To commemorate the 25th yahrzeit of Rabbi Joseph B. Soloveitchik zt”l, the Young Israel of Kew Gardens Hills featured a scholar-in-residence lecture by Rabbi Dr. Aaron Rakeffet-Rothkoff, Professor of Rabbinic Literature at Yeshiva University’s Gruss Institute in Jerusalem. The lecture took place on Sunday evening, July 29, at the Young Israel of Kew Gardens Hills.
Rabbi Yoel Schonfeld, rav of the Young Israel, greeted the large crowd and introduced the program. Next, Mr. Stuart Verstandig, Chairman of the shul’s Adult Education Program, introduced Rabbi Rakeffet.
The title of his lecture was: “Fate and Destiny from Churban to Binyan: Rabbi Soloveitchik on Personal and National Redemption.” He began with a question posed by the Rav: Why do we need two covenants? We have the covenant of the forefathers and the covenant with Moshe Rabbeinu. The Rav answers that there are two different levels to being a Jew. On the first level, you are an individual with your personal relationship with G-d. This is the covenant of the Avos. The second covenant is that we are a nation, and this is the covenant of Moshe Rabbeinu. “We have a dual responsibility. Live as an individual Jew, but as part of am Yisrael.” Rabbi Rakeffet taught, “If a Jew is bleeding in Siberia, we should be hurting in Kew Gardens Hills.”
He shared a chilling story that illustrates this point, about a soldier in World War I who shot a German soldier, and he heard that soldier scream, “Sh’ma Yisrael.” The soldier who killed this man was so distraught that he had killed a fellow Jew, that he then took his own life.
Rabbi Rakeffet noted that the second covenant begins at the end of the Seder on Pesach night, when each Jew ate a k’zayis of the korban Pesach during the time of the Beis HaMikdash. Hundreds of Jews shared a korban Pesach, and he explained that this act prepares the Jewish people for being there for one another.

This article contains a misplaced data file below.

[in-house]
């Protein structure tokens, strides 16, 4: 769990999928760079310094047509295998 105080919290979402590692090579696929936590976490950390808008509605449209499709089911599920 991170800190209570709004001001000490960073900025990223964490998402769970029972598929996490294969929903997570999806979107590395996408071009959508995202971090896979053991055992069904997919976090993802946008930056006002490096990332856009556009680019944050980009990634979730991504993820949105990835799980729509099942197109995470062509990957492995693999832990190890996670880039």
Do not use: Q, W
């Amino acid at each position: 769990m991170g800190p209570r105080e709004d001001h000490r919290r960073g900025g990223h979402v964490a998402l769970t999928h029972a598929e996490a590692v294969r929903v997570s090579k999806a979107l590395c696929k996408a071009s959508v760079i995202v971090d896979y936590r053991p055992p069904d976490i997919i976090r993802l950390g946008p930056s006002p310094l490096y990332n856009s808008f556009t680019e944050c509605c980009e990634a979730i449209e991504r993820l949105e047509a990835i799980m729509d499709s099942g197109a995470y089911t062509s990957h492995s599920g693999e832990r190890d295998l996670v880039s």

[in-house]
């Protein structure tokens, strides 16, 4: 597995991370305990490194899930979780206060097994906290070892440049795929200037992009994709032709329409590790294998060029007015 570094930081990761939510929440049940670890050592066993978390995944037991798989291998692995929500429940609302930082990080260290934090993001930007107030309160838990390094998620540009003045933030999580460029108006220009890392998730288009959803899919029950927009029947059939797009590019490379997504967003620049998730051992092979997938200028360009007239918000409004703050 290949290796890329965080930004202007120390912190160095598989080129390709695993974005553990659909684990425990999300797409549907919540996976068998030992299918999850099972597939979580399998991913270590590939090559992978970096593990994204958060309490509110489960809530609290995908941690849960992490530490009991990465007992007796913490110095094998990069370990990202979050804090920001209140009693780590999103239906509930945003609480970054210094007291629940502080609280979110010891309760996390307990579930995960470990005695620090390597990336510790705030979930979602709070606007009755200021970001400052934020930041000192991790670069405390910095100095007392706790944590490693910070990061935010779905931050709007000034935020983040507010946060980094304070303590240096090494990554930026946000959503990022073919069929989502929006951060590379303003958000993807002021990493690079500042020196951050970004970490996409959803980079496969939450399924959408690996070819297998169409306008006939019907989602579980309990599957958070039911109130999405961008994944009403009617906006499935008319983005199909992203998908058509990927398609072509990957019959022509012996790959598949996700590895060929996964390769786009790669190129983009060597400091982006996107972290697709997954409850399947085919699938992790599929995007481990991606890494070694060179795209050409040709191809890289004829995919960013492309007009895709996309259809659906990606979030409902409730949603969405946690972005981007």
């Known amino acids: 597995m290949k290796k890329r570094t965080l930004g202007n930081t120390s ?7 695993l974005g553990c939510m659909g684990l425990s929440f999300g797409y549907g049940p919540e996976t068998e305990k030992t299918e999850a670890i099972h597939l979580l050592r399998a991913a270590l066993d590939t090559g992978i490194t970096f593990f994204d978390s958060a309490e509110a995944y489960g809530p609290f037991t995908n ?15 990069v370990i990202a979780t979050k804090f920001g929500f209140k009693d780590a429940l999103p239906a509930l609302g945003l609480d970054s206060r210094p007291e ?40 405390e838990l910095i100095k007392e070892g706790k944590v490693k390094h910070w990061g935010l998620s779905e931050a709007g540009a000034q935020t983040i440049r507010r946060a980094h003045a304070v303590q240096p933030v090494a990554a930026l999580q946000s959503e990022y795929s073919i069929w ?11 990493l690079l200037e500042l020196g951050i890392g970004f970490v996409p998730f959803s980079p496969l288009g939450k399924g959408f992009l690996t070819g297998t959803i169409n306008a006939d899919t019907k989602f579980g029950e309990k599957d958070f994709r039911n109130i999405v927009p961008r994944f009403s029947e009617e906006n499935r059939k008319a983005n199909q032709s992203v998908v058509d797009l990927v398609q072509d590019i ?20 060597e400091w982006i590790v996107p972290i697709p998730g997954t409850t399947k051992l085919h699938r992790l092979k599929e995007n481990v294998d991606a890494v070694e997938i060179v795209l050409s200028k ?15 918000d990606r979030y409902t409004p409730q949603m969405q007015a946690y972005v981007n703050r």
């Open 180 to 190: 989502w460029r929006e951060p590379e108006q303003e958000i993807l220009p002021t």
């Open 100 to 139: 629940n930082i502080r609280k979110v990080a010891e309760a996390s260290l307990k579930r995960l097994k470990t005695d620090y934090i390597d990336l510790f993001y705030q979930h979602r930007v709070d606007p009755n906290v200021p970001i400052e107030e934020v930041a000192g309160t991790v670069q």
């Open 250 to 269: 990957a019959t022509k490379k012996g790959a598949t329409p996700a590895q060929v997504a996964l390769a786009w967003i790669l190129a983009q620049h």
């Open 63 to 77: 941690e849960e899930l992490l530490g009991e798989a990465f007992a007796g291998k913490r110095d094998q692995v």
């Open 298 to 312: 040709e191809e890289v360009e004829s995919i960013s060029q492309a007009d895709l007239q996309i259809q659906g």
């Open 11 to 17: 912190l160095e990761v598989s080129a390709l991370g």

He spoke about a group of Jews in Damour, Lebanon, who were trapped during the Lebanon War and the Israeli Army rescued them. Jews are there for one another. “No other group has this,” he said. He added, for example, that Muslims blow themselves up with other Muslims. Not only do they not care about each other, but they murder each other. He stated, “We are not only individuals, we are am Yisrael.” With the Churban HaBayis, this is what we lost. He shared, “The concept of cohesiveness is basic to our existence. When the Beis HaMikdash was destroyed and we went into galus, we lost cohesiveness. We are just individuals.”
He noted how Napoleon in 1807 asked Jewish leaders, “Are you going to become French or will you maintain Jewish cohesiveness. Will you accept French laws? Who are you? Is Judaism a private matter or will it interfere with your integration into French society?”
Rabbi Rakeffet went on to share wonderful examples of Jewish cohesiveness today. He stated, “Visit Moscow and see the miracle that happened in our time. It’s the greatest miracle since the establishment of the State of Israel.” He said, “Millions of Jews have come back to Judaism.” He pointed out that what is happening in Israel today is magnificent. There are more people learning Torah in Israel than ever in the history of the Jewish people!
He stated, “Today you can be chareidi and be part of building Eretz Yisrael!” He noted that of the 15 justices on the Israeli Supreme Court, five of them are shomrei mitzvos. There are women judges who wear sheitels. In high tech companies there are chareidi Jews. He stated, “The concept of brotherhood has come back.”
He shared a story about the Rav that demonstrates his love for the Jewish people and the importance of being there for one another. There was a man who was anti-Zionist and asked the Rav for tz’dakah. The Rav gave him a large amount of money. People asked the Rav how he could do this, since the man was so virulently anti-Zionist. The Rav said that the man is shomer Shabbos and that is enough reason to give him tz’dakah. In fact, that man’s grandson became the head of ZAKA in Israel.
At the end of the lecture, the audience was shown Rabbi Rakeffet’s impressive list of scholarly books, and they were able to purchase books whose proceeds go to benefit Shvut Ami, an organization that helps Russian immigrants to Israel and helps to stop assimilation.
By Susie Garber